Bootstrap: Lessons Learned Building a Successful Company from Scratch Kenneth L. Hess Bootstrap serves as a useful reference for the prospective or newly established entrepreneur and offers valuable lessons for anyone interested in building a self-funded company, regardless of industry. Ken Hess lets the reader step into the shoes of the entrepreneur, and benefit from first hand experiences on what worked well and what failed. Written in narrative form, the book takes the reader through the evolution of a company, from one employee to one hundred, and highlights the fundamental business philosophies that enabled this entrepreneur to achieve success. The book covers topics applicable to any company, such as: how to hire the right employees, developing a functional organizational structure, creating a vision that translates into actionable objectives for every employee, managing the product portfolio, and understanding your customers needs and market trends to stay one step ahead of the competition.

From the Author:

What's it like to start a business from scratch? I found it to be intensely creative and stimulating -- so rewarding that I'm in the process of doing it again. Yet the very thought of leaving a job to start your own business scares many people. Should you start your own company? This book provides an insider's window into the process I went through, starting with a dream and ending years later with the sale of my company, Banner Blue Software, at a handsome price. As I built my business, I learned answers to these questions and many others. Ultimately, I did more right than wrong, for Banner went on to great success. I hope that by sharing what I learned, you can improve your chance of success and minimize your mistakes.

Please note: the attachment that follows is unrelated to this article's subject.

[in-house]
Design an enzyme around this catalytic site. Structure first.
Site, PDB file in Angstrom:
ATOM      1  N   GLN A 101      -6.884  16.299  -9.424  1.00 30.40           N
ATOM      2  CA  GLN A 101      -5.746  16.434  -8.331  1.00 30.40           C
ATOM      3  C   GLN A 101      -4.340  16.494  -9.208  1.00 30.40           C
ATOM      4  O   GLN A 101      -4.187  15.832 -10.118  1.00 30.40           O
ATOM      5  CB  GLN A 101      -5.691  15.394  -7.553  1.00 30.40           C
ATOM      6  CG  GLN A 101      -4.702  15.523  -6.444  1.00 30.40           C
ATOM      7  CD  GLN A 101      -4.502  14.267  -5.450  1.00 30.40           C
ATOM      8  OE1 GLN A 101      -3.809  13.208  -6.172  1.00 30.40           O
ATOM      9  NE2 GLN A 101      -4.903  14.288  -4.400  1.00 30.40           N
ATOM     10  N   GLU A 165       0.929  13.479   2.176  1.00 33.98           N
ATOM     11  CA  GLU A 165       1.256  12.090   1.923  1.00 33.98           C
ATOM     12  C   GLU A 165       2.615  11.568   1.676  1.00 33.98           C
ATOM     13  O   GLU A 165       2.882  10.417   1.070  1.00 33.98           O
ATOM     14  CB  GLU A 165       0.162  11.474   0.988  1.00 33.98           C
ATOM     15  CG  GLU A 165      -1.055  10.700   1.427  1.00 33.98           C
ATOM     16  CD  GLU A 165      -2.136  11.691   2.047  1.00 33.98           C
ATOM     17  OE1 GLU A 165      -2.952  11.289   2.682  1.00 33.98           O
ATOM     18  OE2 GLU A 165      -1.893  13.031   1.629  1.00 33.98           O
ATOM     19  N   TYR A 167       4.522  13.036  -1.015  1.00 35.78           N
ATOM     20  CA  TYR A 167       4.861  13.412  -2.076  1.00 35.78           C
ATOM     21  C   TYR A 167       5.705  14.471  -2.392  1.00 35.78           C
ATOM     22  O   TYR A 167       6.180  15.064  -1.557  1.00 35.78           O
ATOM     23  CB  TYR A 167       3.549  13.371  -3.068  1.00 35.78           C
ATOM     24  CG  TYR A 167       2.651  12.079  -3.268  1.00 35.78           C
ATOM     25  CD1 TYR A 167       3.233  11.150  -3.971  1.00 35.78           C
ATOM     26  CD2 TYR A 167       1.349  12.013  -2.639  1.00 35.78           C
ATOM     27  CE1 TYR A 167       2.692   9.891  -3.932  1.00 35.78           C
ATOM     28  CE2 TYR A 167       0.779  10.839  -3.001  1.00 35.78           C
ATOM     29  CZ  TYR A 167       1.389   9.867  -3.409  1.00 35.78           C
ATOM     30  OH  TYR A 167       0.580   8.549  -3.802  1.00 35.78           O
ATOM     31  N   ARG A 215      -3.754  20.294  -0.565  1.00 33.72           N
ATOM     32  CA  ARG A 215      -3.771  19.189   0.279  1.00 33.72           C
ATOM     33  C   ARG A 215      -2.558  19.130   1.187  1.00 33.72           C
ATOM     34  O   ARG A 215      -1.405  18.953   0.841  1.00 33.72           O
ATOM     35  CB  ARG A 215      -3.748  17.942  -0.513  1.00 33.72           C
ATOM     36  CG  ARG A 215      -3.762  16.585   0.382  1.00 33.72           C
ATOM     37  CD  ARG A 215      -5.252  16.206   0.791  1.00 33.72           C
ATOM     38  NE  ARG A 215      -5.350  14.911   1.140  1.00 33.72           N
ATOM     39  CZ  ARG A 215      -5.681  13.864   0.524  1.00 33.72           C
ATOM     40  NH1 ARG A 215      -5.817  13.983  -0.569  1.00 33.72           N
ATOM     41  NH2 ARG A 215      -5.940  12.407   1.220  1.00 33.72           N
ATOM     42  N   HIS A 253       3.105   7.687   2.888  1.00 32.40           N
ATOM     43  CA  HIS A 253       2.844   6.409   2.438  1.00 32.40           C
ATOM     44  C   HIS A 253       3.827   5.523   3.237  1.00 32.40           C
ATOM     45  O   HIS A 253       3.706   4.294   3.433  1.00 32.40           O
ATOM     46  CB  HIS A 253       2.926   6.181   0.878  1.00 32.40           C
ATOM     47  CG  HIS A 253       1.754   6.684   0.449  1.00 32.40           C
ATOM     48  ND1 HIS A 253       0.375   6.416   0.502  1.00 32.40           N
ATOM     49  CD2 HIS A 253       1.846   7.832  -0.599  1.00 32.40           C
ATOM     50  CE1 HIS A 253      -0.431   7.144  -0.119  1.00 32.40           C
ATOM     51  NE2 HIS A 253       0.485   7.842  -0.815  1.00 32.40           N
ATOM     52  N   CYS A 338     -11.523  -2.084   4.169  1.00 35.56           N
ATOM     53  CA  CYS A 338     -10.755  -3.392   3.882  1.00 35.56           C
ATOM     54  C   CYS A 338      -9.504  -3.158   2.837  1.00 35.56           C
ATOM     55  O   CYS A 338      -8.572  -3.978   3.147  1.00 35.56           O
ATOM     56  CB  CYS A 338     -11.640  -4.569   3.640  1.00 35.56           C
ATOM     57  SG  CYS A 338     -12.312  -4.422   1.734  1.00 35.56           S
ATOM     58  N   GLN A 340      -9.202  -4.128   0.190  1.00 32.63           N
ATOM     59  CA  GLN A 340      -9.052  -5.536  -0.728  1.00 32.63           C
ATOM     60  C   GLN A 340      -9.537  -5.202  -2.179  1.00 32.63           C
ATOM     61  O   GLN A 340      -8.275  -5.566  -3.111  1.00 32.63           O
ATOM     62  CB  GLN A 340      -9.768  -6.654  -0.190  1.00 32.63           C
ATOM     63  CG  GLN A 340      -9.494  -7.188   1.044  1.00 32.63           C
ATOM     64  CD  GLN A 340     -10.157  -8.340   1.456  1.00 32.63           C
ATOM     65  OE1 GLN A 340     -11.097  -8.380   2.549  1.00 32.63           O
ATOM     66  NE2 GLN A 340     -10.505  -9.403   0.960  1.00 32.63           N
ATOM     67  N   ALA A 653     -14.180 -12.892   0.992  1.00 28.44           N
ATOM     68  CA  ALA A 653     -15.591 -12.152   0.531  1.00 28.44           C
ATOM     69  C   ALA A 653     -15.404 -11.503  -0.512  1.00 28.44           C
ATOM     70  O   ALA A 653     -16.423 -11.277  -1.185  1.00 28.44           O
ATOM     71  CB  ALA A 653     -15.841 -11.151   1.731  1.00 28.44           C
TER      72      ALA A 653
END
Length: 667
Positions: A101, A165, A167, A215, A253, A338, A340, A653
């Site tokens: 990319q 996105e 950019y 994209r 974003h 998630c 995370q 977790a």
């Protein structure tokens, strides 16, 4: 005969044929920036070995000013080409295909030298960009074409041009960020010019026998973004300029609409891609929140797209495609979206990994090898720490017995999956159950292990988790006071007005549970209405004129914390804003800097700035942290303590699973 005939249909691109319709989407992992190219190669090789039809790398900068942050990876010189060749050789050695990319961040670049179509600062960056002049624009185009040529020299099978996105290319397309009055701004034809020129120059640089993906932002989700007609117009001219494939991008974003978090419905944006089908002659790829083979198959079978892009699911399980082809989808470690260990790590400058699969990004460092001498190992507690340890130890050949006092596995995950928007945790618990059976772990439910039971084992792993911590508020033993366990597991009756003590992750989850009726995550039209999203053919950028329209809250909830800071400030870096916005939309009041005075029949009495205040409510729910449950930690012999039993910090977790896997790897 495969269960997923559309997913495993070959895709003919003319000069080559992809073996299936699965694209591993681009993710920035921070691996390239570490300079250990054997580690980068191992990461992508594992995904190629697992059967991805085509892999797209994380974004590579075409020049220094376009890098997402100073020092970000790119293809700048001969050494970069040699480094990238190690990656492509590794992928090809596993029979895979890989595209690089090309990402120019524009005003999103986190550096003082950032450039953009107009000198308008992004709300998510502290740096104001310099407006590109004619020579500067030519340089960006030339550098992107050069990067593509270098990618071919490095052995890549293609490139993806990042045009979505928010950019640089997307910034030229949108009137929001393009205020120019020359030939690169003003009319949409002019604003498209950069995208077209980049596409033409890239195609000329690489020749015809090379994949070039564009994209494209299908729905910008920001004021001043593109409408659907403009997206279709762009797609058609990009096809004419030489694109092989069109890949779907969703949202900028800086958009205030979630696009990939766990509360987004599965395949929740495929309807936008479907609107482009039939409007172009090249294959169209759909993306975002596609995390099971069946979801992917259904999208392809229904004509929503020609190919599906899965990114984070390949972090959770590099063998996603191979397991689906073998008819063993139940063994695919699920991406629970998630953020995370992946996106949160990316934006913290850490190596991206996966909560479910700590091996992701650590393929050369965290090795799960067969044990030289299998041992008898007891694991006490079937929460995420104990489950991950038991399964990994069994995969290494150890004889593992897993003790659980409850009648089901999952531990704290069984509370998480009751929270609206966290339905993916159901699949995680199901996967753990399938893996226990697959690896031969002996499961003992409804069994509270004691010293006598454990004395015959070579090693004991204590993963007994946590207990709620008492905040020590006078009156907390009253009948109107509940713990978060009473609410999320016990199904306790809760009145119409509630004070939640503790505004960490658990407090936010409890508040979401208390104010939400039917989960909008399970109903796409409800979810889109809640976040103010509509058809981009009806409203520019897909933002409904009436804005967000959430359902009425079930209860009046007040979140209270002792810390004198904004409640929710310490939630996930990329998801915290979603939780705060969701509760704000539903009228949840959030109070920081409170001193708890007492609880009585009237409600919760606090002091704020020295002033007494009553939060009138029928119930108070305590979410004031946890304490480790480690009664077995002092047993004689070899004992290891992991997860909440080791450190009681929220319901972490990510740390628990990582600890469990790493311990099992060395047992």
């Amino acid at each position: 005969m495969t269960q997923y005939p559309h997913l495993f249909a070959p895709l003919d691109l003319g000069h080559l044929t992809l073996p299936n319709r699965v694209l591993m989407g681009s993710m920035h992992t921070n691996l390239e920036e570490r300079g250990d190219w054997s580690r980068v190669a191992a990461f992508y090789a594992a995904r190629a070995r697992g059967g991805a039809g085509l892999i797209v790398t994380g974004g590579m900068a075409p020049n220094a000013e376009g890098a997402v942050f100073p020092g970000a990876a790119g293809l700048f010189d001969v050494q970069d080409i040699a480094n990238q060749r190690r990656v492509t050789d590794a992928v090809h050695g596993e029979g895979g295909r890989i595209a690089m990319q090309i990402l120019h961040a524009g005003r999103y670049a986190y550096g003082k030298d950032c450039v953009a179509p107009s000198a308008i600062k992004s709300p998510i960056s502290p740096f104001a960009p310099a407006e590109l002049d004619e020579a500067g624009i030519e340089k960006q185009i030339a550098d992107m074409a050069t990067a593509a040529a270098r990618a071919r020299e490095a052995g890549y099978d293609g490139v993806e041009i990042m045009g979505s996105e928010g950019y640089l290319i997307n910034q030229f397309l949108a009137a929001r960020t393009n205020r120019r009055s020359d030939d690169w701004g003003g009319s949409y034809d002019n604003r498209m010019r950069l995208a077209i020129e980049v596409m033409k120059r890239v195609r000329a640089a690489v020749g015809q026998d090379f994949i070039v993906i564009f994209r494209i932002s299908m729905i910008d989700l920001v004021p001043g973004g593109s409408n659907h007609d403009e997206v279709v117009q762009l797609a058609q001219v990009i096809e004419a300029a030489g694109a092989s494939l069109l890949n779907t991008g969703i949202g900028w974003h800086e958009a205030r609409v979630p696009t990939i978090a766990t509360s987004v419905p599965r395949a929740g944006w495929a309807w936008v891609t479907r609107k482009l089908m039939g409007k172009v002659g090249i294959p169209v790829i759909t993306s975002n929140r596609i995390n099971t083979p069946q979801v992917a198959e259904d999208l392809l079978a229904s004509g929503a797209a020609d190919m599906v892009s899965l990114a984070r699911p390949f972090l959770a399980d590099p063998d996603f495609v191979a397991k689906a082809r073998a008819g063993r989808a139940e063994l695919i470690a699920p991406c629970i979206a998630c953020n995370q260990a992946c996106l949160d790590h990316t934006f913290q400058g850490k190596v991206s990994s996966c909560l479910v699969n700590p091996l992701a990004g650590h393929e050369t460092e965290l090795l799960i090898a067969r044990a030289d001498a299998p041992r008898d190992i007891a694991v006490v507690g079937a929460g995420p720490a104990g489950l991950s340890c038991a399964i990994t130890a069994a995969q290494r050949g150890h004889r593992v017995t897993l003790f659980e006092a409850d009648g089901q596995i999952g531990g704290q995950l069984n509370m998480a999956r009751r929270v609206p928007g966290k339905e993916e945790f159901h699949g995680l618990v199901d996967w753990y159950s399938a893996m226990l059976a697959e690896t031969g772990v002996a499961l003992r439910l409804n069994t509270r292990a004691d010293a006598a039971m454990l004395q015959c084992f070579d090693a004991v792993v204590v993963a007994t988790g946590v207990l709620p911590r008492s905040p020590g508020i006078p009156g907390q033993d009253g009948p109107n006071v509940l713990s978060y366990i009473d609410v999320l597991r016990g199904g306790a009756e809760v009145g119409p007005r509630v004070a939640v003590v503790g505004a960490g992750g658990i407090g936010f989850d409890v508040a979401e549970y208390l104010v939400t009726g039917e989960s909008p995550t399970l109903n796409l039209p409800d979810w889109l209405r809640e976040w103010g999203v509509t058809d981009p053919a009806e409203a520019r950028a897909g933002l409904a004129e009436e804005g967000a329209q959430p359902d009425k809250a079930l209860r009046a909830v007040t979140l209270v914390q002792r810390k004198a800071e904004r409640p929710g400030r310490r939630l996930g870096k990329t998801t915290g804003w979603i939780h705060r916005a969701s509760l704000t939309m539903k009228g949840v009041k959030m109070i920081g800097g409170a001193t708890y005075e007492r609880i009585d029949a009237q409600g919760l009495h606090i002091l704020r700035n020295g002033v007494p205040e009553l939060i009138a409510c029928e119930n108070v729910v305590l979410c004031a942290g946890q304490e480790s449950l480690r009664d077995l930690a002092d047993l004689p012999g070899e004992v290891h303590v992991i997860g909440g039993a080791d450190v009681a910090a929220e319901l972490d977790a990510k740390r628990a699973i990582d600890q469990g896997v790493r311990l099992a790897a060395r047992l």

About the Author

Kenneth L. Hess was founder and President of Banner Blue Software, a bootstrap startup that he built to annual sales of $23 million. Leveraging his twenty-five years of business experience, Ken taught Entrepreneurial Business Management in the Stanford University Continuing Studies Program. With interests that extend beyond management, Ken holds one of the first software patents. Ken is a graduate of Stanford University and received an MBA from the Harvard Business School. Currently, Ken participates in several entrepreneurial ventures, and he serves on the boards of Sensant Corporation and Stanford University's Hoover Institution.